wants England's emphatic win in the second Test against South Africa to be the benchmark for his team.
England's reaction to a first defeat this summer was always going to be instructive of how much this group truly believes in themselves, as well as the wider ethos handed down from Stokes and reinforced by head coach Brendon McCullum. After dismissing the Proteas on the opening day for 151, they amassed 415 for nine in their only innings before completing the rout on Saturday.
Stokes hailed an "amazing team performance all round", and seemed particularly comforted by the manner in which those around him stood tall and did not "take a backward step". He was player of the match with his 103 and four wickets in the match, while the established pair of James Anderson
(six for 62 in the match) and Stuart Broad
(four for 61) also played key roles.
But Ollie Robinson
capped an impressive return to Test action, taking four for 43 in the second innings; Ben Foakes
overcame his doubts for an unbeaten 113 and the under-fire Zak Crawley
battled away for 38 from 101 deliveries to provide something of a platform for their total.
Even when there was a moment of doubt on the third afternoon, as Rassie van der Dussen and Keegan Petersen offered a spirited defence throughout the middle of the day, the atmosphere on the ground was of constant optimism that they would eventually get the job done.
"Cricket is about how you bat, bowl and field and I think that the way we batted, bowled and fielded this whole all game is like the benchmark of the standards of what we set," Stokes said. "The energy throughout the whole week… When Rassie and Keegan were in that partnership, where it looked like they were able to counteract everything we threw at them, the energy that the bowlers were running in with and in the field didn't drop."
Stokes also went on to praise England's approach with the bat, which has perhaps been disregarded as mere thrashing amid the hype of England's four run-chases earlier in the summer, when in fact their methods involve more consideration. That latter trait was particularly evident here, with Crawley, Jonny Bairstow
(49), Stokes and Foakes weathering the storms that they encountered, particularly the variable bounce.
England's run-rate was still a brisk 3.89 overall, but Stokes was heartened to see that his batters are starting to make judgement calls of their own accord, based on how things are unfolding in front of them.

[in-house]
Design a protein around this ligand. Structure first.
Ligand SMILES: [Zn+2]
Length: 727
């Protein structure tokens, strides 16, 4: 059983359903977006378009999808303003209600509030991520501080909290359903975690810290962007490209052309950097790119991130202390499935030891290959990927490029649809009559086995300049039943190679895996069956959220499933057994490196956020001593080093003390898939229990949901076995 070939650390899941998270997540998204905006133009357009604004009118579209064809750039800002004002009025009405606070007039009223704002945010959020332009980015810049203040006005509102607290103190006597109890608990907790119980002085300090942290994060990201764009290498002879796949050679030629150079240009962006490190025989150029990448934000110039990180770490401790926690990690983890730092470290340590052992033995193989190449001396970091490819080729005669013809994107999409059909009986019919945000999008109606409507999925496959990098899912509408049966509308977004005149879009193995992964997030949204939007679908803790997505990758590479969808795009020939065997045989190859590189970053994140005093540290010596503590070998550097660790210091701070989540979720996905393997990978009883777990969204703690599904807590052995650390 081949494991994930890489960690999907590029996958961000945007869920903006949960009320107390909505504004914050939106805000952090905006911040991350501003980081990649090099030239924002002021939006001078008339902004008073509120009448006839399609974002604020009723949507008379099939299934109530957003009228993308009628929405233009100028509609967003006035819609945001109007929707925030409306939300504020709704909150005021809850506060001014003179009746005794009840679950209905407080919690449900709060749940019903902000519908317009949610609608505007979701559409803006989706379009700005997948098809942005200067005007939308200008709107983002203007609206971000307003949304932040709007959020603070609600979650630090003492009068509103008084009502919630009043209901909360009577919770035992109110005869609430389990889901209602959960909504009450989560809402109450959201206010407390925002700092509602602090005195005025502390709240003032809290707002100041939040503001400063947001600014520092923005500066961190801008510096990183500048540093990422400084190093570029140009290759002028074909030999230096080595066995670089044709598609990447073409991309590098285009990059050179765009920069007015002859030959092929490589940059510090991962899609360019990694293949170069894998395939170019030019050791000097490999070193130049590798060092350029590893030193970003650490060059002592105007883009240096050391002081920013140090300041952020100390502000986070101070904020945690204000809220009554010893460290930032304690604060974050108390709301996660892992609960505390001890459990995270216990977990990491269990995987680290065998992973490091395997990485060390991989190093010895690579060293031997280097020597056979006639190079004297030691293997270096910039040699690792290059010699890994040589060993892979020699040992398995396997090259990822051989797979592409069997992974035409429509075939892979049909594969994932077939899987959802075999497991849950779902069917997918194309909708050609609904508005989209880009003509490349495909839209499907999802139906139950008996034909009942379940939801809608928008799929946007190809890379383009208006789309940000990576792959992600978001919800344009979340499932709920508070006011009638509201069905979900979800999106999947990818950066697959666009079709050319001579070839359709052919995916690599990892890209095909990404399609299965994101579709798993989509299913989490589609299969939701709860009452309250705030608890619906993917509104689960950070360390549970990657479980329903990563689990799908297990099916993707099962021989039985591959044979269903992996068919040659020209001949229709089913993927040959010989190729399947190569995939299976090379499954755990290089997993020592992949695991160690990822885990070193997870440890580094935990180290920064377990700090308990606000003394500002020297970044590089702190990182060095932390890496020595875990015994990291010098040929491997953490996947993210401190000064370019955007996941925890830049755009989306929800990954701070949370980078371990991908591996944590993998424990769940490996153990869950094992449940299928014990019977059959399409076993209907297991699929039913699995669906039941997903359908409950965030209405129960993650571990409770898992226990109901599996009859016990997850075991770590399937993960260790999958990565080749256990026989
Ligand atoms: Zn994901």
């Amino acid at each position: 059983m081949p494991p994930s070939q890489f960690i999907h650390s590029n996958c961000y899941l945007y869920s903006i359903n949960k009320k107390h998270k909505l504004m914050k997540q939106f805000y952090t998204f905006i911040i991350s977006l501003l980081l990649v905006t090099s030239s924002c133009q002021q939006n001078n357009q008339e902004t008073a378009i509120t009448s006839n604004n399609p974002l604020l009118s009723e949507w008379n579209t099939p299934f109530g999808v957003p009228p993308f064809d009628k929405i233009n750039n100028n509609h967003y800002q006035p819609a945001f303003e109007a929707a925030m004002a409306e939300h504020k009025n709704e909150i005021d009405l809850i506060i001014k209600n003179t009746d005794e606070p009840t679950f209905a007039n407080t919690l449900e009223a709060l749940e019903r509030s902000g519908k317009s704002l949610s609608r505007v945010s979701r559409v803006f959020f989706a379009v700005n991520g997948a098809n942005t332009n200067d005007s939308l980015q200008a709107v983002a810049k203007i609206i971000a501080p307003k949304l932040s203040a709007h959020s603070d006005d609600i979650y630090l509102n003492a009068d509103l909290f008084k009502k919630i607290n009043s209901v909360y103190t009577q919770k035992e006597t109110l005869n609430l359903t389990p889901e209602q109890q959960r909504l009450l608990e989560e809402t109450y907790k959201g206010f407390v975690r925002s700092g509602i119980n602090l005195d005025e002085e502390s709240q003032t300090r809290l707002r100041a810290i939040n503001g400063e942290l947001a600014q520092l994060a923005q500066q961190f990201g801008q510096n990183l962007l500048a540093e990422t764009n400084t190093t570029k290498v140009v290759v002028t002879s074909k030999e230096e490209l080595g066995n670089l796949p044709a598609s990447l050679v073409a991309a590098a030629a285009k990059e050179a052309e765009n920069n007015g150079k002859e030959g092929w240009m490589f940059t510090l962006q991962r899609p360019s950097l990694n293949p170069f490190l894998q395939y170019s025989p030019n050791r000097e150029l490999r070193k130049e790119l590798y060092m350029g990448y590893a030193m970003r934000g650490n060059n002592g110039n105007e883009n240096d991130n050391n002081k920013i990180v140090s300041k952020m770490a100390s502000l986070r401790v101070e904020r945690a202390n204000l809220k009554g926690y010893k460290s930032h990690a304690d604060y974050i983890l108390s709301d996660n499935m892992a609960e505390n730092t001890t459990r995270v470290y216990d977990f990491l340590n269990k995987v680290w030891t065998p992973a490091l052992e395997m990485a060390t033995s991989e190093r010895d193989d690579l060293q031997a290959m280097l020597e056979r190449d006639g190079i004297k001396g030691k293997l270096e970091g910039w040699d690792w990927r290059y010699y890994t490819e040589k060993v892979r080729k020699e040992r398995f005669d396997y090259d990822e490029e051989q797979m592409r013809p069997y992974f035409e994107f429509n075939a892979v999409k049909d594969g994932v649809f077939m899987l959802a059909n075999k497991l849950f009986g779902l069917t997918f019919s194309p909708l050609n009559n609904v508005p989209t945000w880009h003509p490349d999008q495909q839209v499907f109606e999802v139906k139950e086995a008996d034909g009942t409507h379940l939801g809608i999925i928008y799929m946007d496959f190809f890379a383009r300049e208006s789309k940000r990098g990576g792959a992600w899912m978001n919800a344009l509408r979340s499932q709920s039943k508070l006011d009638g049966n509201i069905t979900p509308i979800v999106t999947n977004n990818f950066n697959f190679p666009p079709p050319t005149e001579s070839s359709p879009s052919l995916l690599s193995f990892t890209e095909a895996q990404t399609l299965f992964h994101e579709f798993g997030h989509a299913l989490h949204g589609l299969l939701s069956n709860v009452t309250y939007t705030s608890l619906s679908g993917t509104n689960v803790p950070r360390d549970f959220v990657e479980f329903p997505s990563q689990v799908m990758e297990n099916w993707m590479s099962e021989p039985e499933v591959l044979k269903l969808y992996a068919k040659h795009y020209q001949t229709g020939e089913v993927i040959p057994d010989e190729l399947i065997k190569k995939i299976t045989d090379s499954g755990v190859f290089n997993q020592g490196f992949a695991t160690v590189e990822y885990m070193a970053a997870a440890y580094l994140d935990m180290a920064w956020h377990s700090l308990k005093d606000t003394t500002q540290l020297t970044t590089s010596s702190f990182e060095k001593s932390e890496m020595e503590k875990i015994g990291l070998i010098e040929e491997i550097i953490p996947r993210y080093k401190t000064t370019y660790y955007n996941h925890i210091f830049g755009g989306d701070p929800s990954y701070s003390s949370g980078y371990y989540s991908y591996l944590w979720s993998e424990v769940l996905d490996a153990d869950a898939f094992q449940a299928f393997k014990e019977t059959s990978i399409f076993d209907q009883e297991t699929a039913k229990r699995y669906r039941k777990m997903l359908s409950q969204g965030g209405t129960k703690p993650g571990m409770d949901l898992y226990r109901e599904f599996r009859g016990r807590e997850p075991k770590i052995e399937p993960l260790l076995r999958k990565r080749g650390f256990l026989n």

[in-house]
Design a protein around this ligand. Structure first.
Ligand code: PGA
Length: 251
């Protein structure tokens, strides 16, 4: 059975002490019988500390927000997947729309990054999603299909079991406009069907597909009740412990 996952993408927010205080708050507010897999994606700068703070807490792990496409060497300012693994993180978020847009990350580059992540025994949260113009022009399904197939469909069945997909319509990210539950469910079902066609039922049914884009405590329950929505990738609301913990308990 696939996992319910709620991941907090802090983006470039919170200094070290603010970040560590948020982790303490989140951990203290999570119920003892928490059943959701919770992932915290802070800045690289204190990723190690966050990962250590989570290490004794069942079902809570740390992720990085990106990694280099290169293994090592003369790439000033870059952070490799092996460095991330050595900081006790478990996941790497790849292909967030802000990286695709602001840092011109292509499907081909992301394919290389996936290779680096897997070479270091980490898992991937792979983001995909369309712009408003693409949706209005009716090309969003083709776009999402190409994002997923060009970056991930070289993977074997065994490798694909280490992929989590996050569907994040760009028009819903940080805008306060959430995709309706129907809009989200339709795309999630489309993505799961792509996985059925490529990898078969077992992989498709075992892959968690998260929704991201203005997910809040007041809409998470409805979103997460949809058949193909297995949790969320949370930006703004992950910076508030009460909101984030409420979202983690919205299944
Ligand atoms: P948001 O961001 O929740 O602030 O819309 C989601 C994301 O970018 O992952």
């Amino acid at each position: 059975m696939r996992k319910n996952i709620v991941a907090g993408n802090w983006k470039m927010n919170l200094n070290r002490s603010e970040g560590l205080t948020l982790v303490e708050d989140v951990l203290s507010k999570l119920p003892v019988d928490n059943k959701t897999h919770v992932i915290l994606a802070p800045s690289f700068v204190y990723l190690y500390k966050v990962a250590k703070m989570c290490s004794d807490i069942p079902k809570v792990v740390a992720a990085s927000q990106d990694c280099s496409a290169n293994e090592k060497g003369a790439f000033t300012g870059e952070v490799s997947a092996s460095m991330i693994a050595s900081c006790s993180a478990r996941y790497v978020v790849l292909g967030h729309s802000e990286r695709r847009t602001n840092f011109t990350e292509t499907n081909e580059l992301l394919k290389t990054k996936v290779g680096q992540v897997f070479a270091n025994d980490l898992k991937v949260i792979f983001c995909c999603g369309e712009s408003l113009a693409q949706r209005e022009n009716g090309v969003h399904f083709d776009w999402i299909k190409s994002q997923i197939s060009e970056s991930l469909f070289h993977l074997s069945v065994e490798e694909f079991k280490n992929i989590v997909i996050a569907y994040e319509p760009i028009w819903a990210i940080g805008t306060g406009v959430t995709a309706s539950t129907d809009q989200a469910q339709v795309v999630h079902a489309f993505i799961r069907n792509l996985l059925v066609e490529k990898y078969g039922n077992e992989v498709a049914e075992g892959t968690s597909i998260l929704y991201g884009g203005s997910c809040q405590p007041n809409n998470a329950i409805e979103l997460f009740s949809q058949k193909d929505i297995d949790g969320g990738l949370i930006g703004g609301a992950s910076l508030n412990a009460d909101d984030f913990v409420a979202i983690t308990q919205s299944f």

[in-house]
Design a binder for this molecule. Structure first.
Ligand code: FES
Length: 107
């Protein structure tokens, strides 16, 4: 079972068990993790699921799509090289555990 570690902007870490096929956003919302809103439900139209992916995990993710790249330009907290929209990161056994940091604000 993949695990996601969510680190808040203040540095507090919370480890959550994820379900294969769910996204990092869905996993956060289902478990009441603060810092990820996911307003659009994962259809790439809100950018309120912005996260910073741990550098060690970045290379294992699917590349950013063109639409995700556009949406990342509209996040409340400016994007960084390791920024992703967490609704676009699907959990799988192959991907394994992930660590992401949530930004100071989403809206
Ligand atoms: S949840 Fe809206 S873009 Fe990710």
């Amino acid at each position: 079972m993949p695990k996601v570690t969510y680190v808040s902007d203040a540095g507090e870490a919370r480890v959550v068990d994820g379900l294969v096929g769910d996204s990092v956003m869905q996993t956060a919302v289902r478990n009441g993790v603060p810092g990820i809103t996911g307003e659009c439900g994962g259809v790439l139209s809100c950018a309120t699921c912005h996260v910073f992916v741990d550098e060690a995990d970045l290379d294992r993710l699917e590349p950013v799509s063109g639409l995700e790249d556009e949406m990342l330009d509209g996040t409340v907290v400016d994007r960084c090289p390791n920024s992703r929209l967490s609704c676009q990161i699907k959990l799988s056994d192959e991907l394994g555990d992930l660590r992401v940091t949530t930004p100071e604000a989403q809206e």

"I think what we did incredibly well with the bat was assess that we didn't feel this was a wicket where we could go out and play in the way that we spoke about," he said. "I think that is real progress for the side.
"It didn't feel like a wicket where could stand there and hit through the line because of the the variable bounce that it was offering. Some balls were going through and bouncing, some were skidding but at a good pace. But in terms of our mindset, and our intent, it was always to be positive and to get on the front foot, always look to score first.
"And I think that made our decision-making a lot better. Zak really set that game up, for me and Foakesy to be able to play in the way that we did, and it certainly shouldn't be overlooked because he absorbed the pressure in what I thought was a real positive manner.
"He always looked to score whenever that scoring opportunity presented itself, but the decision-making around leaving and playing at the reversing ball, which is obviously very, very hard to do as a batter, I thought was top-class."
Stokes also saved special praise for Anderson, who ended up moving to 951 international wickets with his three for 30 on day three, moving him to 664 in Tests. He moved ahead of Australian Glenn McGrath
, who previously led the way among quick bowlers with 949. Stokes believes there is still plenty more to come.
"You know what you are going to get: a man who runs in, gives the batter absolutely nothing and is absolutely relentless in everything he does," he said.
"I said before this game started that I honestly can't see when he's going to stop. you can see him just enjoying every moment he's out there. He is 40 but he doesn't act like a 40-year-old. He's been amazing around the dressing-room. The energy that he runs in with and bowls is just incredible. And he's a testament to himself and a great ambassador for the game, especially for fast bowlers."
Vithushan Ehantharajah is an associate editor for ESPNcricinfo